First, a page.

On March 10, it was reported that a former mayor of a California city was seeking to have his $1 million bond reduced as he said that he could not afford it. The 43-year-old, who was the former mayor of Stockton, was accused of embezzlement, grand theft and misuse of public funds from the Stockton Kids Club, among other offenses.
The man was taken into custody in mid-2016 after he was accused of supplying alcohol to minors at a camp that he was running in Amador County. The FBI had been investigating the former mayor for at least two years prior to the probe becoming public in late 2015. During his first court appearance, which occurred on March 6, he pleaded not guilty to six felony charges. He had reportedly been traveling in Columbia but returned to the U.S. to comply with the arrest warrant.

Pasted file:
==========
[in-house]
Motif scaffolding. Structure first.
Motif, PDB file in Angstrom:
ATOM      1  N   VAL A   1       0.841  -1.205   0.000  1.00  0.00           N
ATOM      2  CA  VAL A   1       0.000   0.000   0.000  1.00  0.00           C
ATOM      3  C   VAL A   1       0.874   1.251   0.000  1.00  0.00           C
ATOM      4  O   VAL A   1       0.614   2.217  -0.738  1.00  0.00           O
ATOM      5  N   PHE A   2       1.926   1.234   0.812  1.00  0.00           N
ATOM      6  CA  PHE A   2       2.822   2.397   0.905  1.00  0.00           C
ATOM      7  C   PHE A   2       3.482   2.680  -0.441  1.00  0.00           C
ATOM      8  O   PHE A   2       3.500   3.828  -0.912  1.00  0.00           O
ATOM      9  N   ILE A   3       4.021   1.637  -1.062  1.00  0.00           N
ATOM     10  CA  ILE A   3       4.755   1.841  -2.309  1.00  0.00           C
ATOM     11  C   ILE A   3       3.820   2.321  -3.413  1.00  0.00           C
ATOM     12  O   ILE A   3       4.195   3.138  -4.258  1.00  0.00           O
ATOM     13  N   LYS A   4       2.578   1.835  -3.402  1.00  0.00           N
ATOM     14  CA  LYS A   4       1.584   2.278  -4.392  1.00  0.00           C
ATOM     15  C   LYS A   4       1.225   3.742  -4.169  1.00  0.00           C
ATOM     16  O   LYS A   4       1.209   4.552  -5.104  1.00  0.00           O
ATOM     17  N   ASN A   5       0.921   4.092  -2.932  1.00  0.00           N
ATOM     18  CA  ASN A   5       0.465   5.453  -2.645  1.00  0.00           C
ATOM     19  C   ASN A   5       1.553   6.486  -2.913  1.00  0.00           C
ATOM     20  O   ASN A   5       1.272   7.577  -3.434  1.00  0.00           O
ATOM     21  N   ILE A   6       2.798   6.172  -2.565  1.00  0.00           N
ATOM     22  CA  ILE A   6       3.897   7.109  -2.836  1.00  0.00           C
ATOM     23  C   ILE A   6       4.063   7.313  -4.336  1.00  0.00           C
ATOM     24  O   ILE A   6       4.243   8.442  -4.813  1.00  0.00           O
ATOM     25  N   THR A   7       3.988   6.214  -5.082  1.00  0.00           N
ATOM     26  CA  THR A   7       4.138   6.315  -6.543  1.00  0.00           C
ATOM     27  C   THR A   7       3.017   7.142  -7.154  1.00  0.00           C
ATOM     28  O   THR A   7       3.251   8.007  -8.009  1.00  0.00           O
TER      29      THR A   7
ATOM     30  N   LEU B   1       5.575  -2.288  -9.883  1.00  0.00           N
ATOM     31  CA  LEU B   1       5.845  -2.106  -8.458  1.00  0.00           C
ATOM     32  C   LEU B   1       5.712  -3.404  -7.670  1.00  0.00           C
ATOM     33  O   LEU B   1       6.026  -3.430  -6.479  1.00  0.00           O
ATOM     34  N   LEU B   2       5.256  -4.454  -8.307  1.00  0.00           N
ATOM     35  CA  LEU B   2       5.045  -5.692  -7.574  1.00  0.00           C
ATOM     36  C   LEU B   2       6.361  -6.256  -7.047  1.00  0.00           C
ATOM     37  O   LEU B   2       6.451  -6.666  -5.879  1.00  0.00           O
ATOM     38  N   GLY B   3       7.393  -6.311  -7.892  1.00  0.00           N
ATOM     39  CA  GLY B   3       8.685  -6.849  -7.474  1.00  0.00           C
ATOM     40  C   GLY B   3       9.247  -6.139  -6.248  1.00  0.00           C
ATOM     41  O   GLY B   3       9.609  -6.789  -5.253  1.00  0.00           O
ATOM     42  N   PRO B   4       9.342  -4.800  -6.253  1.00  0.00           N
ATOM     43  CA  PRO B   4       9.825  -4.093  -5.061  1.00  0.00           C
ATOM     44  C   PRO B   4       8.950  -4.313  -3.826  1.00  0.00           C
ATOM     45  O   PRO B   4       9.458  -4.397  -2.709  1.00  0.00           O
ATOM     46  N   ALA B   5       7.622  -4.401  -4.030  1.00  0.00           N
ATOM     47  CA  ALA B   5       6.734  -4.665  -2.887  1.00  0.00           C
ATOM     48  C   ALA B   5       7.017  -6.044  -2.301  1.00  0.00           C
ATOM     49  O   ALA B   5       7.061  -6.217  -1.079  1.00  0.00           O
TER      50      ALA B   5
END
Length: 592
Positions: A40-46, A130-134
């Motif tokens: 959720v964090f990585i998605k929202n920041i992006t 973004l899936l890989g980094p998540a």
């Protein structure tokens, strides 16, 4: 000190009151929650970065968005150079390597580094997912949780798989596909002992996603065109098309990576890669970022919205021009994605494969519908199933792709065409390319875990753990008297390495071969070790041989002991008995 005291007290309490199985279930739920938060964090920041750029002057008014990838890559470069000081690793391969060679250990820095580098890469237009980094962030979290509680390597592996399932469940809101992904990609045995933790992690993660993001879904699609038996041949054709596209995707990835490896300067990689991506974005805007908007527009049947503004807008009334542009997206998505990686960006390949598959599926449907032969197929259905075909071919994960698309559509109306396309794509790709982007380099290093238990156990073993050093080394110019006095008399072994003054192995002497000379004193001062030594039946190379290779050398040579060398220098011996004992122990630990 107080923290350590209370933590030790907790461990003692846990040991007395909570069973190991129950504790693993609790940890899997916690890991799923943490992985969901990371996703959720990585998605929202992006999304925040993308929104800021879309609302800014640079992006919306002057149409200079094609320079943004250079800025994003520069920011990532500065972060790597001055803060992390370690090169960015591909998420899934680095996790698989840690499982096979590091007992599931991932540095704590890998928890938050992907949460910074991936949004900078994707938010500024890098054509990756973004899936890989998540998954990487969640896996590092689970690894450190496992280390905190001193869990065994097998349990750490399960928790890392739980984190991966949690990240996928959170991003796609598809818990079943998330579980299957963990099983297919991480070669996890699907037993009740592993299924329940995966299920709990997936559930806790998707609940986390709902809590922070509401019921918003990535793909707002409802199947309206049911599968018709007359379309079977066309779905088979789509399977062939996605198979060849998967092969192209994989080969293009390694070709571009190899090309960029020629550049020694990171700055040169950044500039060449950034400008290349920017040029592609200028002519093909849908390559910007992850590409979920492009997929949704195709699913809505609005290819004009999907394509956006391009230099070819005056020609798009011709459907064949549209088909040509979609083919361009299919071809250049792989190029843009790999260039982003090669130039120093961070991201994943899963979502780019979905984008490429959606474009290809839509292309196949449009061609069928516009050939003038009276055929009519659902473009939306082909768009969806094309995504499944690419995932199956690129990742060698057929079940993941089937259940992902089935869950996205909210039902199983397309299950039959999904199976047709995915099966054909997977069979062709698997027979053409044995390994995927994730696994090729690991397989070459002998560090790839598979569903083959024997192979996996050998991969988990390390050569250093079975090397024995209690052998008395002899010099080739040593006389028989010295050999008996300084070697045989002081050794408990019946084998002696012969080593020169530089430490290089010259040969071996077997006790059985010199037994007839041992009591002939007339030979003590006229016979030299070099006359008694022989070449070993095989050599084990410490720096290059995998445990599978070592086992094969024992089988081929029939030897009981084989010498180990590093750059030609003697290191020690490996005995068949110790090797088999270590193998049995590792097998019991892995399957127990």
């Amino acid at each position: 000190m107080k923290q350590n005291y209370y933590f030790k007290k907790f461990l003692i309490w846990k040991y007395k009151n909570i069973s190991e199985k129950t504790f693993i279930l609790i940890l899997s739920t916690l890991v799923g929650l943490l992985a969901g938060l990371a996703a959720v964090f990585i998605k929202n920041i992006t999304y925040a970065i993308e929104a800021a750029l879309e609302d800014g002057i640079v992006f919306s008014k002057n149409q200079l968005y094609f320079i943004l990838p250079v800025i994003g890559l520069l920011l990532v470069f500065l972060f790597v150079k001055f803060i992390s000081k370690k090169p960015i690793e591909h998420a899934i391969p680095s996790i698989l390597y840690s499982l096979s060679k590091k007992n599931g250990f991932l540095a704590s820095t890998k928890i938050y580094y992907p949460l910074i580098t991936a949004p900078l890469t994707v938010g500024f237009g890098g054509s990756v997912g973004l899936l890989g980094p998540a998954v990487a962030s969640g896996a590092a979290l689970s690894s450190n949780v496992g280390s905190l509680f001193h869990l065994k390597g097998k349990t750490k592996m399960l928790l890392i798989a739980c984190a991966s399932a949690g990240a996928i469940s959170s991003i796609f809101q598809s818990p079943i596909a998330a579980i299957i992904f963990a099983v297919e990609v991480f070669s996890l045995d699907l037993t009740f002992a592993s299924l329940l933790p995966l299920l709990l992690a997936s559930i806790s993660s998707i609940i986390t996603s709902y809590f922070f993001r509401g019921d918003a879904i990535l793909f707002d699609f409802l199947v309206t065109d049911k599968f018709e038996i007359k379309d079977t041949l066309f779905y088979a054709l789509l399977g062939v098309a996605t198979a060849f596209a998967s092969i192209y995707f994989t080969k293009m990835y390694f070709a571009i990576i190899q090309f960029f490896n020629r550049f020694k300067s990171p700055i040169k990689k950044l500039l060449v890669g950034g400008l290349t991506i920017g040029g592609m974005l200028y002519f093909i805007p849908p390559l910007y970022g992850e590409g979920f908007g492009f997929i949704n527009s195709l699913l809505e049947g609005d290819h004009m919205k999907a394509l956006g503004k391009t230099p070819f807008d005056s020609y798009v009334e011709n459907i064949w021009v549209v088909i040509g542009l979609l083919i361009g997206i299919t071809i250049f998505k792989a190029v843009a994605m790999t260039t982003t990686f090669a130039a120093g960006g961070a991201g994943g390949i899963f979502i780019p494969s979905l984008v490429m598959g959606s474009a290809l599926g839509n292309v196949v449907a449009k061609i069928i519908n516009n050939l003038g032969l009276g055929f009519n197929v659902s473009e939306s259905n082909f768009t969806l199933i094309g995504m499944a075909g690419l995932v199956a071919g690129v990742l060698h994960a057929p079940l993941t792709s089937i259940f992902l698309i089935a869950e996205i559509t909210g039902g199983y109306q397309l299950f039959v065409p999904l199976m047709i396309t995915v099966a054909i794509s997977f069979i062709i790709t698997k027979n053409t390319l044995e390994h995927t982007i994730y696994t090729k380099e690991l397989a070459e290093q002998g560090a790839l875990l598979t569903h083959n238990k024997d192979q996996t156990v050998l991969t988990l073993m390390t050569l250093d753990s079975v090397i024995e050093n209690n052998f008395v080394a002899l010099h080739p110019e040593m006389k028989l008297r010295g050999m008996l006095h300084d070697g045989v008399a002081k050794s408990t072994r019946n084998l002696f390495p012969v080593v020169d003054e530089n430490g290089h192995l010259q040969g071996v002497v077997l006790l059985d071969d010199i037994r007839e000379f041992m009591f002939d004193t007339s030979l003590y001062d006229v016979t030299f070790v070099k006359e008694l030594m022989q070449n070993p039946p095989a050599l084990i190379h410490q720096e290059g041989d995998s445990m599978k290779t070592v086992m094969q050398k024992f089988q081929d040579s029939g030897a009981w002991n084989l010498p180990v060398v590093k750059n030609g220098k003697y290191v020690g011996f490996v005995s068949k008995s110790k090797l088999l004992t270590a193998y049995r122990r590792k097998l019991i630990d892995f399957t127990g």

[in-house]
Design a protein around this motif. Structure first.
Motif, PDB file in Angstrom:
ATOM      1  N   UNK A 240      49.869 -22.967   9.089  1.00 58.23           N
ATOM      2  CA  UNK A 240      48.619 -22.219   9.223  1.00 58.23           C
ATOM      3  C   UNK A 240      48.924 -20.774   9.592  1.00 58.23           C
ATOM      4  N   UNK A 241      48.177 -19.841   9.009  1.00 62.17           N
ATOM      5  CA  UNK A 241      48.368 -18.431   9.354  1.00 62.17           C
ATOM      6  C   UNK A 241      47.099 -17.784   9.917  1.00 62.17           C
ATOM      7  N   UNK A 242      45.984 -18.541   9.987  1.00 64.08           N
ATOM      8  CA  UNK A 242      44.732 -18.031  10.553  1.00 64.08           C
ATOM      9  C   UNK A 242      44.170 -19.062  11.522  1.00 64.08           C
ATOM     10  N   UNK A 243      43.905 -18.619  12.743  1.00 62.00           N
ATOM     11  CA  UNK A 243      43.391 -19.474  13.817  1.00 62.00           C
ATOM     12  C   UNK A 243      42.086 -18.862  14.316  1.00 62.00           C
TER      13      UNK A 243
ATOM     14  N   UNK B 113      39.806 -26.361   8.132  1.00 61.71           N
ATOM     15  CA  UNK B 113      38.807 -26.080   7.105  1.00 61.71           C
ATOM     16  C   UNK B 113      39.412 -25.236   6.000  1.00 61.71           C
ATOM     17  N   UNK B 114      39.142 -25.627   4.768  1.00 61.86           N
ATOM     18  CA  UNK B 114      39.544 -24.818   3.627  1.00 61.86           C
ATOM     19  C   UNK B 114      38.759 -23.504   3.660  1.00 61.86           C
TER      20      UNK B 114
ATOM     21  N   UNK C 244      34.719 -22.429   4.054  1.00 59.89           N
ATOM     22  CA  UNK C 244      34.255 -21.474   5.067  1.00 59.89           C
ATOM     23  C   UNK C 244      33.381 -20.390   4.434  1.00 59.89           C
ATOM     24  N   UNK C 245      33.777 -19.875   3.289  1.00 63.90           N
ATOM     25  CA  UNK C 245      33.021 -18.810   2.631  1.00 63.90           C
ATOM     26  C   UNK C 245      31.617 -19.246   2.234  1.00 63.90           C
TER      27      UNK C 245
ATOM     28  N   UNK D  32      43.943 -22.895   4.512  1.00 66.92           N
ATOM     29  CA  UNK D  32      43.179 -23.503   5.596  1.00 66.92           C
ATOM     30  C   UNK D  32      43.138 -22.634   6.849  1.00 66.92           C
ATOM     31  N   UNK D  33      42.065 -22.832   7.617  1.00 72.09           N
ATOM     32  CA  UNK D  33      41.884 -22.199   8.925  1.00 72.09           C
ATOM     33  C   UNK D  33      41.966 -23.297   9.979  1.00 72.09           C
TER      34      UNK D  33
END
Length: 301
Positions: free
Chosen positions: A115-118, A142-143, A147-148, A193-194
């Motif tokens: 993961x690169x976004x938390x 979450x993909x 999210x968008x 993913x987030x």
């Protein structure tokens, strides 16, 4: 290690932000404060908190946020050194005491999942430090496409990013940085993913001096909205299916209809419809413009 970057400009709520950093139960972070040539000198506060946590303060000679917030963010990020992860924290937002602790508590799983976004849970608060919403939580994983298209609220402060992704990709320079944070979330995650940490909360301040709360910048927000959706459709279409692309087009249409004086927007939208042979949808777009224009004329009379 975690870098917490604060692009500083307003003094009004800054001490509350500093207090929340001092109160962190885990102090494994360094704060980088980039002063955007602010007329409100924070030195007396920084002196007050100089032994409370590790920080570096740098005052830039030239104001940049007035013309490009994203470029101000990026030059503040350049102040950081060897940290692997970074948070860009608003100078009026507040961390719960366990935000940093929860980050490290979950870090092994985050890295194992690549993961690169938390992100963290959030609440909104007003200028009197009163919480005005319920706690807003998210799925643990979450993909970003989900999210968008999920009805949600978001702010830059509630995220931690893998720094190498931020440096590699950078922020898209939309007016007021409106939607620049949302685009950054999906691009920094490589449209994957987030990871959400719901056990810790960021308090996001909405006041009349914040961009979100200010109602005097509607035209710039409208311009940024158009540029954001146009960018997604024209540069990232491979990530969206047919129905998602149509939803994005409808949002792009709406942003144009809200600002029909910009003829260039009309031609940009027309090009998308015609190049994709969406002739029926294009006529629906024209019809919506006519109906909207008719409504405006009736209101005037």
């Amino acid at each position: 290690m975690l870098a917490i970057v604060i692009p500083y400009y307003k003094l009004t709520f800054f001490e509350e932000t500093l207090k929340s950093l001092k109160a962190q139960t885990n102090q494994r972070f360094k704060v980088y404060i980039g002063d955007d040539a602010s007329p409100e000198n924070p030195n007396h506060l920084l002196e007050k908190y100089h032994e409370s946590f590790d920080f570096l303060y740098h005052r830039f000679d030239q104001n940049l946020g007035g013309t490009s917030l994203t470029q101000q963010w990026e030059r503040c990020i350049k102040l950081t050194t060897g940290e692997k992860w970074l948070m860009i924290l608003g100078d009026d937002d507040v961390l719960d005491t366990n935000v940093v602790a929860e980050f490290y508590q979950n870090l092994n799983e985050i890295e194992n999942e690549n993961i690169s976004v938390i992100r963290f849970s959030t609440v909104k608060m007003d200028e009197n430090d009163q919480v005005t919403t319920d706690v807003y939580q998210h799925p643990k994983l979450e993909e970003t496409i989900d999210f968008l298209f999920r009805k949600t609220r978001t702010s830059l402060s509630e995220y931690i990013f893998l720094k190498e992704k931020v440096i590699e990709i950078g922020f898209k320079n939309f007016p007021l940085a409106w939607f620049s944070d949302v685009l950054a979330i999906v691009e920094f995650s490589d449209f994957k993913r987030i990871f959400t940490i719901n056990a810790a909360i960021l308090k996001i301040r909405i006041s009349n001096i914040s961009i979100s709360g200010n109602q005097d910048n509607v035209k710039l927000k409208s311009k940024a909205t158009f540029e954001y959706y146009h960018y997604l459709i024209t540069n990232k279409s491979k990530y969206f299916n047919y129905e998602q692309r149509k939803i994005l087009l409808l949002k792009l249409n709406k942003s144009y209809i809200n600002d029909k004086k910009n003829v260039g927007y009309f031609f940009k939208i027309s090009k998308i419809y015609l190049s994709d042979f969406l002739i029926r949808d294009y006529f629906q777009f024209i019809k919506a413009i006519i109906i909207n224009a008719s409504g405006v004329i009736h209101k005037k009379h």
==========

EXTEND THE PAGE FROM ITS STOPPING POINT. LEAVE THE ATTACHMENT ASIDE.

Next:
The attorney argued that the former mayor should be released on his own recognizance. In the meantime, the attorney said he was enduring freezing conditions in solitary confinement.
People who have been accused of this type of financial fraud could potentially be facing severe punishments that include a jail sentence and the requirement to pay restitution. A criminal law attorney may go over the evidence the prosecution has against the defendant. The attorney may then argue that other people had access to the presumed stolen funds while arguing that the defendant was unaware that money was being taken. This may be done through bank statements and other documentation that provides doubt that the defendant was actually involved in the crime.
Source: FOX News, "Ex-California mayor facing corruption charges thinks jail cell is 'too cold''", Claudia Cowan, March 10, 2017